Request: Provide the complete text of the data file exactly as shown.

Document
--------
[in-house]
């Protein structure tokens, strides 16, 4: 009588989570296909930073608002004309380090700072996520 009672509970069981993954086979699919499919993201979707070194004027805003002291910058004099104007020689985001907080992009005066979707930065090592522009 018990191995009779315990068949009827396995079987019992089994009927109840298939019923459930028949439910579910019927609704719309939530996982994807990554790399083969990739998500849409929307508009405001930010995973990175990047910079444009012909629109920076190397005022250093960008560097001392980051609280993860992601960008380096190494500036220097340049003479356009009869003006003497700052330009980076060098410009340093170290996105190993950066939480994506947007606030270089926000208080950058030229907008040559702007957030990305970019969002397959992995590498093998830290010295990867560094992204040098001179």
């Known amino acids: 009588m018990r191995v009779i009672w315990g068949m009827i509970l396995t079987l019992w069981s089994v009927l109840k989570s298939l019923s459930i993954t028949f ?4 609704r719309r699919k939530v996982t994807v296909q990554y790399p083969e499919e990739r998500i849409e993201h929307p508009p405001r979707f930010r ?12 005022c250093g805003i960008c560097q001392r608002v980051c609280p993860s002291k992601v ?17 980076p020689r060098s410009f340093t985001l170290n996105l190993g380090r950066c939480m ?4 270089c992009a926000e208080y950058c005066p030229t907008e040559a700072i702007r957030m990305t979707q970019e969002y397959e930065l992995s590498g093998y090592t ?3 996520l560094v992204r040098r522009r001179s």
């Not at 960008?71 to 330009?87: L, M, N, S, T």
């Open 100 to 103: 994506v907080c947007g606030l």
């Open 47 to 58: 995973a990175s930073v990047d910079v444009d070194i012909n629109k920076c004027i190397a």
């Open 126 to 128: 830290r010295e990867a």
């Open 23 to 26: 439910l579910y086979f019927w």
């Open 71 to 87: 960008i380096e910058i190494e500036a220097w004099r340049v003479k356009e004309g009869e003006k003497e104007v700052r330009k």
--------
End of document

[in-house]
């Protein structure tokens, strides 16, 4: 009588989570296909930073608002004309380090700072996520 009672509970069981993954086979699919499919993201979707070194004027805003002291910058004099104007020689985001907080992009005066979707930065090592522009 018990191995009779315990068949009827396995079987019992089994009927109840298939019923459930028949439910579910019927609704719309939530996982994807990554790399083969990739998500849409929307508009405001930010995973990175990047910079444009012909629109920076190397005022250093960008560097001392980051609280993860992601960008380096190494500036220097340049003479356009009869003006003497700052330009980076060098410009340093170290996105190993950066939480994506947007606030270089926000208080950058030229907008040559702007957030990305970019969002397959992995590498093998830290010295990867560094992204040098001179």
């Known amino acids: 009588m018990r191995v009779i009672w315990g068949m009827i509970l396995t079987l019992w069981s089994v009927l109840k989570s298939l019923s459930i993954t028949f ?4 609704r719309r699919k939530v996982t994807v296909q990554y790399p083969e499919e990739r998500i849409e993201h929307p508009p405001r979707f930010r ?12 005022c250093g805003i960008c560097q001392r608002v980051c609280p993860s002291k992601v ?17 980076p020689r060098s410009f340093t985001l170290n996105l190993g380090r950066c939480m ?4 270089c992009a926000e208080y950058c005066p030229t907008e040559a700072i702007r957030m990305t979707q970019e969002y397959e930065l992995s590498g093998y090592t ?3 996520l560094v992204r040098r522009r001179s």
């Not at 960008?71 to 330009?87: L, M, N, S, T």
């Open 100 to 103: 994506v907080c947007g606030l």
């Open 47 to 58: 995973a990175s930073v990047d910079v444009d070194i012909n629109k920076c004027i190397a």
């Open 126 to 128: 830290r010295e990867a």
């Open 23 to 26: 439910l579910y086979f019927w």
């Open 71 to 87: 960008i380096e910058i190494e500036a220097w004099r340049v003479k356009e004309g009869e003006k003497e104007v700052r330009k």